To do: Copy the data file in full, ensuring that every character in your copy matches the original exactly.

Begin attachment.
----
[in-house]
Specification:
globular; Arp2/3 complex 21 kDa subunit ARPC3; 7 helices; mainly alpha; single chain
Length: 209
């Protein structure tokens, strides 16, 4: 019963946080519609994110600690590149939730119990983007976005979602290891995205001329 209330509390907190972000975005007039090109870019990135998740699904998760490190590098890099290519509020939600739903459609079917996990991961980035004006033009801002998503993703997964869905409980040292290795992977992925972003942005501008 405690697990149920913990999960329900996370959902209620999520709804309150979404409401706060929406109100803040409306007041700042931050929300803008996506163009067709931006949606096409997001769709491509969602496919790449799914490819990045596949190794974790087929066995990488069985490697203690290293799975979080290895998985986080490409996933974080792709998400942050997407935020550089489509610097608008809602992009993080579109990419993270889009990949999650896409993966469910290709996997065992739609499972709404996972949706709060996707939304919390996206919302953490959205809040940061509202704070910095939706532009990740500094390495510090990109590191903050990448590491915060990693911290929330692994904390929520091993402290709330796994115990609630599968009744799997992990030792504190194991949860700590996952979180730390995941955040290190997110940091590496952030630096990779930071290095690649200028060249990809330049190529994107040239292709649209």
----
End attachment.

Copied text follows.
[in-house]
Specification:
globular; Arp2/3 complex 21 kDa subunit ARPC3; 7 helices; mainly alpha; single chain
Length: 209
């Protein structure tokens, strides 16, 4: 019963946080519609994110600690590149939730119990983007976005979602290891995205001329 209330509390907190972000975005007039090109870019990135998740699904998760490190590098890099290519509020939600739903459609079917996990991961980035004006033009801002998503993703997964869905409980040292290795992977992925972003942005501008 405690697990149920913990999960329900996370959902209620999520709804309150979404409401706060929406109100803040409306007041700042931050929300803008996506163009067709931006949606096409997001769709491509969602496919790449799914490819990045596949190794974790087929066995990488069985490697203690290293799975979080290895998985986080490409996933974080792709998400942050997407935020550089489509610097608008809602992009993080579109990419993270889009990949999650896409993966469910290709996997065992739609499972709404996972949706709060996707939304919390996206919302953490959205809040940061509202704070910095939706532009990740500094390495510090990109590191903050990448590491915060990693911290929330692994904390929520091993402290709330796994115990609630599968009744799997992990030792504190194991949860700590996952979180730390995941955040290190997110940091590496952030630096990779930071290095690649200028060249990809330049190529994107040239292709649209």